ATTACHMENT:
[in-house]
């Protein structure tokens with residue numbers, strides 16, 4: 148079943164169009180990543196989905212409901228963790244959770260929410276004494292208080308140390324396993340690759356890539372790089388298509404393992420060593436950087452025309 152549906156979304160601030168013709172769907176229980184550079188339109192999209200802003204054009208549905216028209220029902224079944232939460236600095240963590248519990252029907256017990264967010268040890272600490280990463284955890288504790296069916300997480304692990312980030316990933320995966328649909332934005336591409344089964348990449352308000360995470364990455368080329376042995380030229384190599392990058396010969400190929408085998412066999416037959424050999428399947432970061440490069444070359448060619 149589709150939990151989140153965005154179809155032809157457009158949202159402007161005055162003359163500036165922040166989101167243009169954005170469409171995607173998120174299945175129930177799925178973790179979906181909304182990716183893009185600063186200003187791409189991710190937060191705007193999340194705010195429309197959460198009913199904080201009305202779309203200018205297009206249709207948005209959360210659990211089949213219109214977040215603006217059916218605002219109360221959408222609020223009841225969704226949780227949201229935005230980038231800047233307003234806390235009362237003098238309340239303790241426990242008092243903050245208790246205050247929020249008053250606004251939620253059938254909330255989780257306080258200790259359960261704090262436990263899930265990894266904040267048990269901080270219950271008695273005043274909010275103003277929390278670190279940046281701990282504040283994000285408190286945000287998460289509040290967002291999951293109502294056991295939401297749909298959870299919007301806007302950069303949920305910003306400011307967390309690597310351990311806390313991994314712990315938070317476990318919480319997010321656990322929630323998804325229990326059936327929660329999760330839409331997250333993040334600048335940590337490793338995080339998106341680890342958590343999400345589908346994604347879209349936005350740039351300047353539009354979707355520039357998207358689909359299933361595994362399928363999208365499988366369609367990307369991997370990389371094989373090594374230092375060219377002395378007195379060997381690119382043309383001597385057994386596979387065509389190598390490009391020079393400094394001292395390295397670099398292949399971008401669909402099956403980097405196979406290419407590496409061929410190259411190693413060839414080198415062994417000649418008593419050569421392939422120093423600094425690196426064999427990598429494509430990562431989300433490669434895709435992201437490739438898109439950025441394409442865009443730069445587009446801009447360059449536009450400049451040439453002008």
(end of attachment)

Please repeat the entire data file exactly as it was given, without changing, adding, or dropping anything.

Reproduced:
[in-house]
């Protein structure tokens with residue numbers, strides 16, 4: 148079943164169009180990543196989905212409901228963790244959770260929410276004494292208080308140390324396993340690759356890539372790089388298509404393992420060593436950087452025309 152549906156979304160601030168013709172769907176229980184550079188339109192999209200802003204054009208549905216028209220029902224079944232939460236600095240963590248519990252029907256017990264967010268040890272600490280990463284955890288504790296069916300997480304692990312980030316990933320995966328649909332934005336591409344089964348990449352308000360995470364990455368080329376042995380030229384190599392990058396010969400190929408085998412066999416037959424050999428399947432970061440490069444070359448060619 149589709150939990151989140153965005154179809155032809157457009158949202159402007161005055162003359163500036165922040166989101167243009169954005170469409171995607173998120174299945175129930177799925178973790179979906181909304182990716183893009185600063186200003187791409189991710190937060191705007193999340194705010195429309197959460198009913199904080201009305202779309203200018205297009206249709207948005209959360210659990211089949213219109214977040215603006217059916218605002219109360221959408222609020223009841225969704226949780227949201229935005230980038231800047233307003234806390235009362237003098238309340239303790241426990242008092243903050245208790246205050247929020249008053250606004251939620253059938254909330255989780257306080258200790259359960261704090262436990263899930265990894266904040267048990269901080270219950271008695273005043274909010275103003277929390278670190279940046281701990282504040283994000285408190286945000287998460289509040290967002291999951293109502294056991295939401297749909298959870299919007301806007302950069303949920305910003306400011307967390309690597310351990311806390313991994314712990315938070317476990318919480319997010321656990322929630323998804325229990326059936327929660329999760330839409331997250333993040334600048335940590337490793338995080339998106341680890342958590343999400345589908346994604347879209349936005350740039351300047353539009354979707355520039357998207358689909359299933361595994362399928363999208365499988366369609367990307369991997370990389371094989373090594374230092375060219377002395378007195379060997381690119382043309383001597385057994386596979387065509389190598390490009391020079393400094394001292395390295397670099398292949399971008401669909402099956403980097405196979406290419407590496409061929410190259411190693413060839414080198415062994417000649418008593419050569421392939422120093423600094425690196426064999427990598429494509430990562431989300433490669434895709435992201437490739438898109439950025441394409442865009443730069445587009446801009447360059449536009450400049451040439453002008």